Employers that have strict codes of conduct prohibiting harassment of any kind can still punish employees whose religious beliefs are behind their harassment of gay co-workers. You can’t interfere with an employee’s sincerely held religious beliefs, but you can punish religious “expression” that interferes with another employee’s rights.
The U.S. Supreme Court has turned down an appeal brought by the trustee of a bankrupt payroll service bureau who sought the return of $28 million, which the service bureau collected from its clients as payroll deposits, but which its principals stole. These clients now have no recovery and may have to pay the IRS again for the taxes the service bureau should have deposited.
While the federal government will shut down on Martin Luther King Jr. Day, only 35% of private employers plan to do the same, according to a new Society for Human Resource Management Holiday Schedules 2016 survey.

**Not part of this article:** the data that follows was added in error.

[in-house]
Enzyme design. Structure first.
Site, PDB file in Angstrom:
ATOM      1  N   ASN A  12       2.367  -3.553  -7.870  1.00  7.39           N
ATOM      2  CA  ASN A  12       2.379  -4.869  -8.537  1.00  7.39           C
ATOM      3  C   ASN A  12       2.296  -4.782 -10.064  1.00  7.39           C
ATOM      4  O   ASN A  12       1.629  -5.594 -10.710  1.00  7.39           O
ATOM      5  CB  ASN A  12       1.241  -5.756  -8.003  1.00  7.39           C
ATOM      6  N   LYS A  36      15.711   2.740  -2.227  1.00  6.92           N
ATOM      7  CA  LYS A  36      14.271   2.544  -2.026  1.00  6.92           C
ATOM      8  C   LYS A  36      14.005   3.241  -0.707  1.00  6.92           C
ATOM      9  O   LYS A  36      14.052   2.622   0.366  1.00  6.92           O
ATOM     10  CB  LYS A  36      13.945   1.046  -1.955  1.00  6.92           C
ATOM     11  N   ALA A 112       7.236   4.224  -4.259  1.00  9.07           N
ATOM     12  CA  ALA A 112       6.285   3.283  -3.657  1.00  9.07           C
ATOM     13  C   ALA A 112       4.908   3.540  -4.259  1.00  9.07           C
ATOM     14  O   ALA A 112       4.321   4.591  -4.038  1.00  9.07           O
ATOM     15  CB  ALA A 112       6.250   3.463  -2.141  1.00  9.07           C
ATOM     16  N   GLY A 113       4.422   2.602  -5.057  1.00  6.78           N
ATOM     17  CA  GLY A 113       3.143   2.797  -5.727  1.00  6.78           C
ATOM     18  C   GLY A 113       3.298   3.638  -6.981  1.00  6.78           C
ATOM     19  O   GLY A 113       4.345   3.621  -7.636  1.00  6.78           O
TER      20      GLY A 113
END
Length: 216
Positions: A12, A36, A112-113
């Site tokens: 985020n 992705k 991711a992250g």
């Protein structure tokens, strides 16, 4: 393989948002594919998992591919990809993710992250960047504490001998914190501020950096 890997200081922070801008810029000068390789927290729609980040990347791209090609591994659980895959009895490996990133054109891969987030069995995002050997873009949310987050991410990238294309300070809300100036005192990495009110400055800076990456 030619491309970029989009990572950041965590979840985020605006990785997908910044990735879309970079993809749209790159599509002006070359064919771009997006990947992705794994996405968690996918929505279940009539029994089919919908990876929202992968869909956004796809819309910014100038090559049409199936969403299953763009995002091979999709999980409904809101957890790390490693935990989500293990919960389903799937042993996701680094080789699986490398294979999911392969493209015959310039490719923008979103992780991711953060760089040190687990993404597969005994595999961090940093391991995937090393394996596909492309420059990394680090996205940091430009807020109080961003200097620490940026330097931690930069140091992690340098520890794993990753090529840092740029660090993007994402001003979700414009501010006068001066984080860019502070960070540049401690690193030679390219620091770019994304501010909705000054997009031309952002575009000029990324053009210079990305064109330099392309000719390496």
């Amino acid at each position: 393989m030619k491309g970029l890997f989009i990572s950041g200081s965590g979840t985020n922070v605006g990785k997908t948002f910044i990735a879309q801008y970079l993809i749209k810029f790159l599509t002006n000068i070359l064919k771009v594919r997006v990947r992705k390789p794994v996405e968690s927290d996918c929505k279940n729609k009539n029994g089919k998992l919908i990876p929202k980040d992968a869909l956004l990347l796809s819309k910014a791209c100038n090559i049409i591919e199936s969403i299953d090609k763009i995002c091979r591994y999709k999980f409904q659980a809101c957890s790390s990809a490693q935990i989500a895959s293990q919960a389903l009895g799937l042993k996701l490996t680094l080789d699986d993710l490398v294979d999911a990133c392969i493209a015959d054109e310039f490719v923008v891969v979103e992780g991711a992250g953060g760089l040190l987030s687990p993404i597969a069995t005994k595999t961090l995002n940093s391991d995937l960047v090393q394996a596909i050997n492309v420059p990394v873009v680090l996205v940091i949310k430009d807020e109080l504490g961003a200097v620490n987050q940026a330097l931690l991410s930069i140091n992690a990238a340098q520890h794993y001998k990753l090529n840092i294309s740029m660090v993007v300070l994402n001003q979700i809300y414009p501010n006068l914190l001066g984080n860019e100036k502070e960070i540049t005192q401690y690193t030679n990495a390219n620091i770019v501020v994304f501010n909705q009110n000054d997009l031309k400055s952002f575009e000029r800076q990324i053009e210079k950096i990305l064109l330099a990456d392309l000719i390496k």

Don’t allow hiring managers to quickly sort résumés from disabled applicants into the “No” pile. It’s an increasingly popular practice, a new study shows, but decidedly unlawful.
CEO of GE Jeff Immelt is considering axing annual performance reviews. Instead, it’s experimenting with more frequent performance discussions between managers and staff. The industrial giant is also launching an app for supervisors and employees to share feedback with each other.
While some disabilities may make it more difficult for workers to control their temper or otherwise respond to nonverbal cues, that doesn’t mean those workers are excused from complying with behavioral rules. You can and should punish anyone who makes workplace threats regardless of disability status.